Prep and cooking time: 5 min (not including pickling)
Difficulty: 1/5


Rye Bread: My own recipe for a dark, dense, rich rye loaf.

Prep and cooking time: 3 hours
Difficulty: 3/5


Krokiety: Crepes stuffed with sauerkraut, mushrooms, and ground beef (or soy in our case), then coated in breadcrumbs and fried until crispy.

Prep and cooking time: 60 min
Difficulty: 4/5

fishy leeks

Pan Roasted Cod: Chunks of juicy cod and softened leeks in a dill and sour cream sauce.

Prep and cooking time: 20 min
Difficulty: 2/5


Poppy Seed Puff: An eggy poppyseed cake traditionally glazed with a white wine sauce. Mine was iced with a simple lemon sugar icing.

Prep and cooking time: 60 min
Difficulty: 4/5


Mazurek: A delicate almond meal crust filled with a sweet jelly of whole pureed lemons and oranges, topped with sliced almonds. Mazurek varieties abound in Poland, where every family has its own version.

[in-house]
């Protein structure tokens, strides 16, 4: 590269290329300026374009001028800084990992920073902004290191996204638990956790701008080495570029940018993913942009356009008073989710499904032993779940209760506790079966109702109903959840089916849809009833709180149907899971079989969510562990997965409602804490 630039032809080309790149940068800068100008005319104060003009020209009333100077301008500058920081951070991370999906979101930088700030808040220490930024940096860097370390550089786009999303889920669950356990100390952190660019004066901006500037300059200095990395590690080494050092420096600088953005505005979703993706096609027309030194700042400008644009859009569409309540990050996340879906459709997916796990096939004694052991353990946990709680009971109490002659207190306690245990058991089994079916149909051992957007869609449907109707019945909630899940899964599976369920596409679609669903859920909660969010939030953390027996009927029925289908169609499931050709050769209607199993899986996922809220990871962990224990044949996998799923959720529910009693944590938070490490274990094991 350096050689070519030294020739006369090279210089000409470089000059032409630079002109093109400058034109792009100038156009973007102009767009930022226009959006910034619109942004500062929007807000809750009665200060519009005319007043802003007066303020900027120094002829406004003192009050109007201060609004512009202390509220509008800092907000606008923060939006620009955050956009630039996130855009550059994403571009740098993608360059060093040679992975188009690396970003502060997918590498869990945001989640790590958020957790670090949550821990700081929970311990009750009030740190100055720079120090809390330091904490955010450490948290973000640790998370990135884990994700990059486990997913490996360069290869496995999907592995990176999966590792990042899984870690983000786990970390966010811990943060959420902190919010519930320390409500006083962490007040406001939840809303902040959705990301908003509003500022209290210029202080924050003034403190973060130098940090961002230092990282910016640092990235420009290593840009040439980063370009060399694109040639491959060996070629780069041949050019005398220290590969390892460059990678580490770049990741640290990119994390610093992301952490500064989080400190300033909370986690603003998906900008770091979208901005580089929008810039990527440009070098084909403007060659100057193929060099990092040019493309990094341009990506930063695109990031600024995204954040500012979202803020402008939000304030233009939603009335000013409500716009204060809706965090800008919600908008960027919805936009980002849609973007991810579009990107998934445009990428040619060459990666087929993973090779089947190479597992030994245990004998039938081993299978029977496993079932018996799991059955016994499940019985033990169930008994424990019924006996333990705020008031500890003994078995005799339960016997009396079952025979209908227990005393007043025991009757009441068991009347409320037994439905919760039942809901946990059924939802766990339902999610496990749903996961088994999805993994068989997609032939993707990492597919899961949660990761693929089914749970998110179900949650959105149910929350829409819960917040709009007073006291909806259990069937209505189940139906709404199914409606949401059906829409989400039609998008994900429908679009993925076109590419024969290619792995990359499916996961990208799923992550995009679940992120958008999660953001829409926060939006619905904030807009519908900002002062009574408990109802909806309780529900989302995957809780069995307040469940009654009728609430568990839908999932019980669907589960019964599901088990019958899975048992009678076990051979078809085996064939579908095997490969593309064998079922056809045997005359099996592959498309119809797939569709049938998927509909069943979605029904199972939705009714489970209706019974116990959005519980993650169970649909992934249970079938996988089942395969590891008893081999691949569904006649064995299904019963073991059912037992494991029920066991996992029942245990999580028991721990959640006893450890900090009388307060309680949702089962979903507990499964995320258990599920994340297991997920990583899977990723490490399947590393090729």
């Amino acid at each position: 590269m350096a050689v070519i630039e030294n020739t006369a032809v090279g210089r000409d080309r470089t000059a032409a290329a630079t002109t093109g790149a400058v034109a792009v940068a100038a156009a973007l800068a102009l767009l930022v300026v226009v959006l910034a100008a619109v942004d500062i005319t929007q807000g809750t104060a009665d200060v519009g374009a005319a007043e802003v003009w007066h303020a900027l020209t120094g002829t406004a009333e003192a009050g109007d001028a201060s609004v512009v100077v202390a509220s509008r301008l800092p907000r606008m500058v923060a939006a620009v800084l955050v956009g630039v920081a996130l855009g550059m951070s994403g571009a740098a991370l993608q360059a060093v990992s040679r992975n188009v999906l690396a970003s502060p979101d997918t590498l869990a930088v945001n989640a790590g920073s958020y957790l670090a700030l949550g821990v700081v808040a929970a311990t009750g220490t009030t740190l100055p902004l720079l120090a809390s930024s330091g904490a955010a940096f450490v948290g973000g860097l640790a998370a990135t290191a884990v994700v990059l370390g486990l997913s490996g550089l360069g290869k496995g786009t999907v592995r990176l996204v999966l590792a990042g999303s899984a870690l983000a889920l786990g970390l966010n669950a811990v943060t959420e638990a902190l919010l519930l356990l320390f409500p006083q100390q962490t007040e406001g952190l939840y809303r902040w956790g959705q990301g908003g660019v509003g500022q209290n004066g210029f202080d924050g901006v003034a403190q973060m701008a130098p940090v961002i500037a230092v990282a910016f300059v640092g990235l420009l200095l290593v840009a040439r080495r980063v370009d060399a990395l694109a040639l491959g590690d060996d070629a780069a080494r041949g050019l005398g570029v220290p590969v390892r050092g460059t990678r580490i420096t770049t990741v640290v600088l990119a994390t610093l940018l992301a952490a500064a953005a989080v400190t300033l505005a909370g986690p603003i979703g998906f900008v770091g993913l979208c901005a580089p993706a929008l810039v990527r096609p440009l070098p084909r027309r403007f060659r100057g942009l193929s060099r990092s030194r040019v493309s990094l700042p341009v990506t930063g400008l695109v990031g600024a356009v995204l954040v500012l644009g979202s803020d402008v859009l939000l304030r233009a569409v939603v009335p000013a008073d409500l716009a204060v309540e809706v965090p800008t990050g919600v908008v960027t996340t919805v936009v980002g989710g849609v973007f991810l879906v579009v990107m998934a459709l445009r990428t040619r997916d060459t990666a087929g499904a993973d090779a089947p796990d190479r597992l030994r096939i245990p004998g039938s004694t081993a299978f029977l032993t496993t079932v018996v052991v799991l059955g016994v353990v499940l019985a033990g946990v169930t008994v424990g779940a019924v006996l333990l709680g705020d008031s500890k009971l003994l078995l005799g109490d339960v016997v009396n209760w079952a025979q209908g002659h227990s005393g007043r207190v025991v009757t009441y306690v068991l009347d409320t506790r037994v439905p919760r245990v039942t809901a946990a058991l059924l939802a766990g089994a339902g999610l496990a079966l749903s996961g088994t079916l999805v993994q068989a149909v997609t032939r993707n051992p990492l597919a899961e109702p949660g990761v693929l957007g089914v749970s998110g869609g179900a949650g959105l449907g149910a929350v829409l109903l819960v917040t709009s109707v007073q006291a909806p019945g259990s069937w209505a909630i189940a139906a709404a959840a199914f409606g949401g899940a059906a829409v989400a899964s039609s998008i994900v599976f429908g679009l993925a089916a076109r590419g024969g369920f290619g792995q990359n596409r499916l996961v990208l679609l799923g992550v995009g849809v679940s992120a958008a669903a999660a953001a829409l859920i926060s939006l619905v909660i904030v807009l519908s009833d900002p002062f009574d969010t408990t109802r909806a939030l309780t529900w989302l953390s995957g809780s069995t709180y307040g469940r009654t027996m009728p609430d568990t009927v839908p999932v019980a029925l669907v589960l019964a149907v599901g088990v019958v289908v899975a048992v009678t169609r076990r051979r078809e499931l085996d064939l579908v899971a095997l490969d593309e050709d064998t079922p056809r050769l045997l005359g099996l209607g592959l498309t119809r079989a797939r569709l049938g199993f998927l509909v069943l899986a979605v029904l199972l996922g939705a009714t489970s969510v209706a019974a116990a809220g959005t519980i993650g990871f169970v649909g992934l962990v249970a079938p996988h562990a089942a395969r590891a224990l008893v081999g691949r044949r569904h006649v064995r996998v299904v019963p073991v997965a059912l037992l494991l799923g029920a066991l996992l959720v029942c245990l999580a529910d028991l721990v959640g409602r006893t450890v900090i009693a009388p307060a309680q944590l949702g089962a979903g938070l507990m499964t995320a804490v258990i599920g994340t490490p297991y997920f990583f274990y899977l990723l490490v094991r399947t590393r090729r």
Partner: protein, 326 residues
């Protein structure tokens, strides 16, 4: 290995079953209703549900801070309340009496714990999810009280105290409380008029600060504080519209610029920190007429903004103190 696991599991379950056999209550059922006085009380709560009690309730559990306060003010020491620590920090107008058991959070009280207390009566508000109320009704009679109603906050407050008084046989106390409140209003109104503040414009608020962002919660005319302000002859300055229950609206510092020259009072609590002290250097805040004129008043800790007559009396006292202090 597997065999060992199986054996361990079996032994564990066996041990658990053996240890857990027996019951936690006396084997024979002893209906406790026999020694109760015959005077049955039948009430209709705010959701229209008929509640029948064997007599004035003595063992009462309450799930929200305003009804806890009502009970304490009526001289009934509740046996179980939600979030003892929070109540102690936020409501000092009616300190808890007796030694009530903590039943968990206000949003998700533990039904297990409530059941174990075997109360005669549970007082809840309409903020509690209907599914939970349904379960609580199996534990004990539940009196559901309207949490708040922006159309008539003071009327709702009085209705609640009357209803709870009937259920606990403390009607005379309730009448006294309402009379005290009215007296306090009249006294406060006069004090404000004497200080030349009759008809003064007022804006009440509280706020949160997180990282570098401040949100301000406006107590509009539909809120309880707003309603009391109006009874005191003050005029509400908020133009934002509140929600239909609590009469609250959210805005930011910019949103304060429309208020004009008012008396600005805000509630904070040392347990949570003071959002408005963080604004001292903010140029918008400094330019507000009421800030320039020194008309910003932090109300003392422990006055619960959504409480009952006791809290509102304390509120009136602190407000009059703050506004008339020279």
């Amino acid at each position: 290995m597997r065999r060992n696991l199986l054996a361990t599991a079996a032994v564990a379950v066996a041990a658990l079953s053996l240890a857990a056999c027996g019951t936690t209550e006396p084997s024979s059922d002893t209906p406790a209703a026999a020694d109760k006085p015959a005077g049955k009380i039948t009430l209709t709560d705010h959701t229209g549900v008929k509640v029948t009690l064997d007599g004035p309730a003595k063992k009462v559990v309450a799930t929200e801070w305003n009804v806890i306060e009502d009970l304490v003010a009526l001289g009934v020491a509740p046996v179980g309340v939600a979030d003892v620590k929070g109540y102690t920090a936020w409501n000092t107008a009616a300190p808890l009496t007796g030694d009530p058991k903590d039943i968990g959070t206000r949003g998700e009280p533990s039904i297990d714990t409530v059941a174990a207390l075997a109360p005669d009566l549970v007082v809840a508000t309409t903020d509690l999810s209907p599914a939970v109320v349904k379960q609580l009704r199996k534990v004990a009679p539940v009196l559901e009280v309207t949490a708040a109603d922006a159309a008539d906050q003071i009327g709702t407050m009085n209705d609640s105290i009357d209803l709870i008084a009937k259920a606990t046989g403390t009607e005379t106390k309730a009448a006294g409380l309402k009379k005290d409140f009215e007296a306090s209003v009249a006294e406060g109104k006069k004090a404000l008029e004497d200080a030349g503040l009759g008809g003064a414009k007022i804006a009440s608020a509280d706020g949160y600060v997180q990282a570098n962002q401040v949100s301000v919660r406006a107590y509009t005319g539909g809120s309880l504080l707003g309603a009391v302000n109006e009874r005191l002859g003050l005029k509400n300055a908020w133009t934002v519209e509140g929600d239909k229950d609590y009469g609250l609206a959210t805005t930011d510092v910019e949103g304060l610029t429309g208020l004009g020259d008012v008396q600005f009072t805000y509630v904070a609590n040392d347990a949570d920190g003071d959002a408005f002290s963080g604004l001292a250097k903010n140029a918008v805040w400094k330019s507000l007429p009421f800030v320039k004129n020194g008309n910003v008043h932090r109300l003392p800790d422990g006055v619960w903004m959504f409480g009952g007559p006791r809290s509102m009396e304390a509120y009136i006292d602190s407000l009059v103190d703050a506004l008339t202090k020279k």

Prep and cooking time: 45 min
Difficulty: 3/5

The Shopping List

I headed straight to St Lawrence Market with my shopping list, knowing it would be the best place to find the high quality seafood (including pickled herring), fresh mushrooms and herbs, and a few other items that I needed. Nothing was too difficult to find, and what St Lawrence didn’t have, our local supermarket did.

The Meal

Cookbooks require a special kind of editor, one who can browse for grammar mistakes, continuity, and also potential errors in measurements and ingredient lists. Wild Honey and Rye was a wonderful cookbook to work from, and provided the recipes for apple mashed potatoes (simple, delicious comfort food), pan roasted leeks (creamy, delicately flavoured, and melt-in-your-mouth), and herring (a classic regional dish that is an explosion of flavour). Authentic Polish Cooking was also pretty good to work from, and it provided the (labour-intensive) instructions for the krokiety, which were excellent.